Continuous flow concentrators give you constant and steady supplemental oxygen. Contrary to that, pulse dose concentrators deliver short bursts of oxygen and are often triggered by the patient's inhalation. 

Flow Settings

Your medical prescription will include your specific oxygen level needs. It will consist of the dosage of oxygen you need, often written in liters per minute (LPM) format.

Be sure that the oxygen machine of your choice can give the right amount of oxygen your body requires. It is necessary to note that a prescription of 2 LPM is not the same as a 2 flow setting. Ask your doctor to know what flow setting best matches your oxygen needs. 

Top 5 Medical Grade Portable Oxygen Concentrators

If you have a prescription or can get one, don't settle for a non-medical grade one! Your health should be your top priority. Therefore, you should use oxygen devices that are tested and proven. Here are a few medical-grade concentrators that you can consider!

1. Inogen One G5

Inogen One G5 is a top-notch medical-grade POC unit that is an ideal solution for patients suffering from mild respiratory symptoms and distress with its oxygen saturation levels of 88-92%. It is an innovative and reliable oxygen device with supreme quality and technology. It has a "one-size-fits-all" approach capable of covering all your supplemental needs.

It features extended battery life and advanced flow settings to help accommodate users' varying needs. These features were the primary updates introduced on G5 with an intent to increase its ability to provide more oxygen. 

2. Arya Portable Oxygen Concentrator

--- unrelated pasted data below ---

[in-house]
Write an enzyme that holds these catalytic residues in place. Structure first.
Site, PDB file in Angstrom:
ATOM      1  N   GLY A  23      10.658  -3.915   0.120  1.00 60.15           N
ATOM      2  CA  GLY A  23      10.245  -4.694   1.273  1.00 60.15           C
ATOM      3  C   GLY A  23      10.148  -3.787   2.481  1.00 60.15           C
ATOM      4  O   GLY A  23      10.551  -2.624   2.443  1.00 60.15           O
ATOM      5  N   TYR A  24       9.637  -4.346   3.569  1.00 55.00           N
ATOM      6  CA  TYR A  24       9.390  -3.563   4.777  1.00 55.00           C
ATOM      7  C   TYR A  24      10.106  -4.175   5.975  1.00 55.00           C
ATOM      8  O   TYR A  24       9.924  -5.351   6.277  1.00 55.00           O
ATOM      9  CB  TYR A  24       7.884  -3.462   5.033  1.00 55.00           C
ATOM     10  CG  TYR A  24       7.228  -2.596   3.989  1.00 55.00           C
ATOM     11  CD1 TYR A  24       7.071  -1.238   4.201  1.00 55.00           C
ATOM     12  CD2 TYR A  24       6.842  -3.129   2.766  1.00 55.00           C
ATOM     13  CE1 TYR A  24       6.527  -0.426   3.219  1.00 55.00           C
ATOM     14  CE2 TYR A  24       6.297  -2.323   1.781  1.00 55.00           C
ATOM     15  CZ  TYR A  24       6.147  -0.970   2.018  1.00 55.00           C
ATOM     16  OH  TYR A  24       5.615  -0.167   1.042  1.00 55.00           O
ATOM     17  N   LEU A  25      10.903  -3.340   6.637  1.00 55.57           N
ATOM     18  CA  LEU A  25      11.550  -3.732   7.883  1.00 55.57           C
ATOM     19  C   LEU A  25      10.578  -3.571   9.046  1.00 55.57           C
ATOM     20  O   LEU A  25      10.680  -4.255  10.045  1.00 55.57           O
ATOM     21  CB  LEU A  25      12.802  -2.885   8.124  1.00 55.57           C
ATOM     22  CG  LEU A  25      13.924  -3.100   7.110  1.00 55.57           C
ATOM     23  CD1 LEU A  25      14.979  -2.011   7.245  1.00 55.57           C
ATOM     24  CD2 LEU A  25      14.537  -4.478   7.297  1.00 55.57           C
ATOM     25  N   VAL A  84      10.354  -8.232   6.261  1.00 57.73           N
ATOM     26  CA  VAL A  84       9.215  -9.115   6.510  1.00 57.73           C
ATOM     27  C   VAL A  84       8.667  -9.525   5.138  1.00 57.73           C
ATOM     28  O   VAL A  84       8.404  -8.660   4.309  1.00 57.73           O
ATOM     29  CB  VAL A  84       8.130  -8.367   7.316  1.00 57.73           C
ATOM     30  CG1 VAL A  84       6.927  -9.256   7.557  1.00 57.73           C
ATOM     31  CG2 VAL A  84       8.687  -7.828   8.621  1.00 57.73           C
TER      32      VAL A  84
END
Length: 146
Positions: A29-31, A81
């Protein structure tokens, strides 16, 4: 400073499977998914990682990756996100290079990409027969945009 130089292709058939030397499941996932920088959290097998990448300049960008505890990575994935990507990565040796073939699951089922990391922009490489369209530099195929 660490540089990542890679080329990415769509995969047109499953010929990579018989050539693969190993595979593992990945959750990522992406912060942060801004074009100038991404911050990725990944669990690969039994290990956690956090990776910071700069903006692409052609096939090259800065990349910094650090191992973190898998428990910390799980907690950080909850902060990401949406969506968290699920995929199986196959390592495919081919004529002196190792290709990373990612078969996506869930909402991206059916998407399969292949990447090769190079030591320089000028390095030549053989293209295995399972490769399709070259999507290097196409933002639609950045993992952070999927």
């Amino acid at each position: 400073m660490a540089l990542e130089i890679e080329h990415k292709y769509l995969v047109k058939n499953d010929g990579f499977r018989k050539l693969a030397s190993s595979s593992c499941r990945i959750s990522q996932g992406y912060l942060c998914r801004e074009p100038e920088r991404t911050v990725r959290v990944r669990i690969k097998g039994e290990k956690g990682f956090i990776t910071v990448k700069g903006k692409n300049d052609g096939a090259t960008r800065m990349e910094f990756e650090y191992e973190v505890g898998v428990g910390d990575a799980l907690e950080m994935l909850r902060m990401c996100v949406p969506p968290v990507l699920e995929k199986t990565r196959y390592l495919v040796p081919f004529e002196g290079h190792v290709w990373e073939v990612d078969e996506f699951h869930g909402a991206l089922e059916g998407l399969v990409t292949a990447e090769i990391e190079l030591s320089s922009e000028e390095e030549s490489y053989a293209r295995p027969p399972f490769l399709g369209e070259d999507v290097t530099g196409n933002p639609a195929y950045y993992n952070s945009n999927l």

Arya's POC can offer you the oxygen you need to treat your respiratory condition without sacrificing parts of your life that you enjoy. This concentrator has a compact and sleek device that you can easily throw over your shoulder, giving you the freedom and independence you sought for. You can now safely travel places with ease. 

Despite its small and quaint body, it has groundbreaking features that easily keep up with more prominent names and brands. It has a long-lasting battery, pulse flow settings ranging from 1 to 5, and a convenient user interface with LCD screen.

3. GCE Zen-O Lite

GCE is a worldwide leader in healthcare equipment, including oxygen concentrators. Probably the flagship portable concentrator of the brand is GCE Zen-O Lite. This medical-grade device offers unique benefits that can help patients regain their freedom. It has a maximum flow setting of 5 and puts out about 1,050 milliliters per minute of oxygen.

Zen-O Lite was designed to provide COPD patients with an active lifestyle. With 5.5 pounds, you can carry this device anywhere and everywhere!   

4. CAIRE FreeStyle Comfort

CAIRE FreeStyle Comfort is a medical-grade oxygen device that boasts 5 different and powerful pulse dose settings. It can offer up to 1,050 milliliters of oxygen per minute at its highest flow setting. It also features UltraSense breath detection technology. The device maintains a consistent and steady amount of oxygen even if your breath rate changes.